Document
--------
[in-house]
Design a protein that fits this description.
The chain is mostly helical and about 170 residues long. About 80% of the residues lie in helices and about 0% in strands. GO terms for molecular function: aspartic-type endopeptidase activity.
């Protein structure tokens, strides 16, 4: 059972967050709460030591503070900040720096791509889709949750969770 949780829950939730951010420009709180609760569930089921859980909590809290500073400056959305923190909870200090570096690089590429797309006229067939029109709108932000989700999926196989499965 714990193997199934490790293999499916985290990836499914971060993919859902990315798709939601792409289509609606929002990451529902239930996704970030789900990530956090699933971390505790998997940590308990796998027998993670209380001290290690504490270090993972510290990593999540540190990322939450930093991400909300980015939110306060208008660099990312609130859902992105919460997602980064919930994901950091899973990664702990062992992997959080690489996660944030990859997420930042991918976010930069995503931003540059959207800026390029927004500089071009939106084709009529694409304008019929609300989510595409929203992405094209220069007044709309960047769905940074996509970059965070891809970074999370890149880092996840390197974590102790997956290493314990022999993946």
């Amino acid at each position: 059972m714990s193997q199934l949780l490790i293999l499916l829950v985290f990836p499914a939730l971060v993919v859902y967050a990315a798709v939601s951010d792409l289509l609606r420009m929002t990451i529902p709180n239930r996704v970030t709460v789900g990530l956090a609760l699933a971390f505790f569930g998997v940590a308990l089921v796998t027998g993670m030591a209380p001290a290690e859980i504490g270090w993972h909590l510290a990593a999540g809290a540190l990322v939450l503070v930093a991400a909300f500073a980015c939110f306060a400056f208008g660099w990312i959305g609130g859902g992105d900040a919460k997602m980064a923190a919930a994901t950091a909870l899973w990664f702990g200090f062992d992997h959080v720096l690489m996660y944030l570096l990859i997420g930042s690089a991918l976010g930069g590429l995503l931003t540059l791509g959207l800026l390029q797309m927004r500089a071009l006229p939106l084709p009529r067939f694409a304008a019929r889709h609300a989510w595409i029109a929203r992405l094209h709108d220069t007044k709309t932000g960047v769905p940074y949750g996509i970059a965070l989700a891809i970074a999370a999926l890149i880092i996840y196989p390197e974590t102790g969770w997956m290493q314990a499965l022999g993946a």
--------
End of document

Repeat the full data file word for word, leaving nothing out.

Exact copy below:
[in-house]
Design a protein that fits this description.
The chain is mostly helical and about 170 residues long. About 80% of the residues lie in helices and about 0% in strands. GO terms for molecular function: aspartic-type endopeptidase activity.
């Protein structure tokens, strides 16, 4: 059972967050709460030591503070900040720096791509889709949750969770 949780829950939730951010420009709180609760569930089921859980909590809290500073400056959305923190909870200090570096690089590429797309006229067939029109709108932000989700999926196989499965 714990193997199934490790293999499916985290990836499914971060993919859902990315798709939601792409289509609606929002990451529902239930996704970030789900990530956090699933971390505790998997940590308990796998027998993670209380001290290690504490270090993972510290990593999540540190990322939450930093991400909300980015939110306060208008660099990312609130859902992105919460997602980064919930994901950091899973990664702990062992992997959080690489996660944030990859997420930042991918976010930069995503931003540059959207800026390029927004500089071009939106084709009529694409304008019929609300989510595409929203992405094209220069007044709309960047769905940074996509970059965070891809970074999370890149880092996840390197974590102790997956290493314990022999993946």
């Amino acid at each position: 059972m714990s193997q199934l949780l490790i293999l499916l829950v985290f990836p499914a939730l971060v993919v859902y967050a990315a798709v939601s951010d792409l289509l609606r420009m929002t990451i529902p709180n239930r996704v970030t709460v789900g990530l956090a609760l699933a971390f505790f569930g998997v940590a308990l089921v796998t027998g993670m030591a209380p001290a290690e859980i504490g270090w993972h909590l510290a990593a999540g809290a540190l990322v939450l503070v930093a991400a909300f500073a980015c939110f306060a400056f208008g660099w990312i959305g609130g859902g992105d900040a919460k997602m980064a923190a919930a994901t950091a909870l899973w990664f702990g200090f062992d992997h959080v720096l690489m996660y944030l570096l990859i997420g930042s690089a991918l976010g930069g590429l995503l931003t540059l791509g959207l800026l390029q797309m927004r500089a071009l006229p939106l084709p009529r067939f694409a304008a019929r889709h609300a989510w595409i029109a929203r992405l094209h709108d220069t007044k709309t932000g960047v769905p940074y949750g996509i970059a965070l989700a891809i970074a999370a999926l890149i880092i996840y196989p390197e974590t102790g969770w997956m290493q314990a499965l022999g993946a």